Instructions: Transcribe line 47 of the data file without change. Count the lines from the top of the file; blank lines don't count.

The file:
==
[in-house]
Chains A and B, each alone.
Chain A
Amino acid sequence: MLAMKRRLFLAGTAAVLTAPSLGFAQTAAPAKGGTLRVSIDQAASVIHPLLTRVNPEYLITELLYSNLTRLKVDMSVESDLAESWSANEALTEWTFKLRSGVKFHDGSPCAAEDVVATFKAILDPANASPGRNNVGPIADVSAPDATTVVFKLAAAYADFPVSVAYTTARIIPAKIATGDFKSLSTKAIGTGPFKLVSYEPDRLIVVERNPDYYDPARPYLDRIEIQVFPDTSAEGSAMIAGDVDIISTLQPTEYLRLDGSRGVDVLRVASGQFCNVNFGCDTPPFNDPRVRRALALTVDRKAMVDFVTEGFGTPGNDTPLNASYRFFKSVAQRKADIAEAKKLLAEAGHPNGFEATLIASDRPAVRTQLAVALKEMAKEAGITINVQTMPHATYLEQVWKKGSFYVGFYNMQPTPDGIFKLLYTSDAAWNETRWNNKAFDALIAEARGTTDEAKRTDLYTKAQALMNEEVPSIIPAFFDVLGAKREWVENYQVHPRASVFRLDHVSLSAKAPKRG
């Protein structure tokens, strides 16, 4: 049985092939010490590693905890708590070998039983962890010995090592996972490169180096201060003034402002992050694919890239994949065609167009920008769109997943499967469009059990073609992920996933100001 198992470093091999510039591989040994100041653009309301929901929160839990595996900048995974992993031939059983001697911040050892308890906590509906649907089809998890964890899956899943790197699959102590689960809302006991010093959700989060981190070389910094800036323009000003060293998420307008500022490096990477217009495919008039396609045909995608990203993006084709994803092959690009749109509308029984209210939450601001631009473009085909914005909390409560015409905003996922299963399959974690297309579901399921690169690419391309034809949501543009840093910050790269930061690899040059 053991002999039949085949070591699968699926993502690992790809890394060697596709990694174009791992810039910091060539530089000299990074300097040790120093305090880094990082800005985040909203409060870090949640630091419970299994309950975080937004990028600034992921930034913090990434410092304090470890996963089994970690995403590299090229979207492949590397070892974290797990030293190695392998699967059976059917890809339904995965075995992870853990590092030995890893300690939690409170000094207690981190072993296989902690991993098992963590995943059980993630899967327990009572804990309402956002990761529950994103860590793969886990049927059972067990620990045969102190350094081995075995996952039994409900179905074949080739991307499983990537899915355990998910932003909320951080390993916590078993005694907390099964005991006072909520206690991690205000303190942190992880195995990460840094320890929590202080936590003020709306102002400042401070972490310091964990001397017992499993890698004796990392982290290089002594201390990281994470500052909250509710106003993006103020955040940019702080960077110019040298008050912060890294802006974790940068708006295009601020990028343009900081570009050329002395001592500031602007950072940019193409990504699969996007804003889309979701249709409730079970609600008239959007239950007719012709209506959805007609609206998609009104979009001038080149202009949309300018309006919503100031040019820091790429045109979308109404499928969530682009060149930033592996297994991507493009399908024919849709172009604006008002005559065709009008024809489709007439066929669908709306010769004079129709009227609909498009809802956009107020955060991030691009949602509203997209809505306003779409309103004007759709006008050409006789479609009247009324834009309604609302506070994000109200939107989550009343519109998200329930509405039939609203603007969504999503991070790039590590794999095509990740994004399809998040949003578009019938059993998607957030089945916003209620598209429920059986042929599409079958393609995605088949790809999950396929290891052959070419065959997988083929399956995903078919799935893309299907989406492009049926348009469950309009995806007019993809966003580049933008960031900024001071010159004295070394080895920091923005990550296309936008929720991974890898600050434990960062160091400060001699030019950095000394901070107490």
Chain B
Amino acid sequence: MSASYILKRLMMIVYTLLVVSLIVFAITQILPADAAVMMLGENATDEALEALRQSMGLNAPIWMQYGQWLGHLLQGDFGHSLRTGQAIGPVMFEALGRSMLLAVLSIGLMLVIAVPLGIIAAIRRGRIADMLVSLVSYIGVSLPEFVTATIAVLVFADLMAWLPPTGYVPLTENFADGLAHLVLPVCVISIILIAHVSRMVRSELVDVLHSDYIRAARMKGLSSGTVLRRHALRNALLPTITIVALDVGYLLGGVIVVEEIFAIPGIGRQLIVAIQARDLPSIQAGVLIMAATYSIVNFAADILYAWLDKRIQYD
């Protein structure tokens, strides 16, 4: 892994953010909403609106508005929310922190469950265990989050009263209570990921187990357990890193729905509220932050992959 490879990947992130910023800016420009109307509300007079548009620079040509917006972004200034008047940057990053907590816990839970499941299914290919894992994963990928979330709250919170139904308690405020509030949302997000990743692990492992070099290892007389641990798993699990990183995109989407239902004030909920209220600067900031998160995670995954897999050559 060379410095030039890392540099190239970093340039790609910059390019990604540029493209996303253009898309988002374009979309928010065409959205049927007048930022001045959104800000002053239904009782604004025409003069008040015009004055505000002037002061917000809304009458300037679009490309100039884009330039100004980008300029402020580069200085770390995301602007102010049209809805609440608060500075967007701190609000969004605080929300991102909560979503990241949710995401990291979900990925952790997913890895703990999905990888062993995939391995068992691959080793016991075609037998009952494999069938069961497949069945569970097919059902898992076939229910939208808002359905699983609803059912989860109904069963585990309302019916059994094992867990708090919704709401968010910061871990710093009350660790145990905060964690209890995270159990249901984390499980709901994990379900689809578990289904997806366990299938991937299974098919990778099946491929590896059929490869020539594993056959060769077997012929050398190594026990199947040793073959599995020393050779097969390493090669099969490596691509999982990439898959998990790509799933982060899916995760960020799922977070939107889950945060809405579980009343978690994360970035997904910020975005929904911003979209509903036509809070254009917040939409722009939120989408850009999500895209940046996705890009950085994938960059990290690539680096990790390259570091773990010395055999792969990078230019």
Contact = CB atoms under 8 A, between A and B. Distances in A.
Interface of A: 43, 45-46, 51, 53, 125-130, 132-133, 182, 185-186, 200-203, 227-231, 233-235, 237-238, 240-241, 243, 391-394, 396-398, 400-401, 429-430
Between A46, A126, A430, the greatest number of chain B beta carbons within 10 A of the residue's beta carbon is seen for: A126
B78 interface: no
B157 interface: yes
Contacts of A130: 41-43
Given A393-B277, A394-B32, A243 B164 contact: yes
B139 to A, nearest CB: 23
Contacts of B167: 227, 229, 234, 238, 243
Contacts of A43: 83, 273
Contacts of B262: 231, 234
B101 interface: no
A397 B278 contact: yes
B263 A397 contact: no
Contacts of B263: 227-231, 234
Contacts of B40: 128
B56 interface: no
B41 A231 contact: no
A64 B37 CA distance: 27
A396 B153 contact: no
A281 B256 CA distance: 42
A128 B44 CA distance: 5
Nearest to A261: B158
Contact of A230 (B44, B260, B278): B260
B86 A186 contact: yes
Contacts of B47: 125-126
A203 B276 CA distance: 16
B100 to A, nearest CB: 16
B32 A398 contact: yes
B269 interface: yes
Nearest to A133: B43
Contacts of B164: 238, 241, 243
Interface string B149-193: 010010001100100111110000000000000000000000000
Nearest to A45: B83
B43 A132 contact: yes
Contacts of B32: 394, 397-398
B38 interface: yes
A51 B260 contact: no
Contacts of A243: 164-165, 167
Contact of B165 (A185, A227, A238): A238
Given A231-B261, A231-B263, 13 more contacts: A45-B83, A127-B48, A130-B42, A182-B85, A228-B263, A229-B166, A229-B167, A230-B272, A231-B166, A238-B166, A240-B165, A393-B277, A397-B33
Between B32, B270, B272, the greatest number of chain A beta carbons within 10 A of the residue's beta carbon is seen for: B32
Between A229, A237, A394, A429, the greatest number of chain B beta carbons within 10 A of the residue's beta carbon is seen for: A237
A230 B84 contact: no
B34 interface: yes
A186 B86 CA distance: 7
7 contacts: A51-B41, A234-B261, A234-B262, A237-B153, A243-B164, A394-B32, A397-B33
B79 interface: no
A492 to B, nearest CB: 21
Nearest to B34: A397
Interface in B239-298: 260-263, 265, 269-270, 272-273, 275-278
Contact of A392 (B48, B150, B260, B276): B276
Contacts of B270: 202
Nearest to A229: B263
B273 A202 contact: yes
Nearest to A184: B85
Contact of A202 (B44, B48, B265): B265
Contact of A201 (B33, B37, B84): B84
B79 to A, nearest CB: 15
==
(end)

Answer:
Contacts of A243: 164-165, 167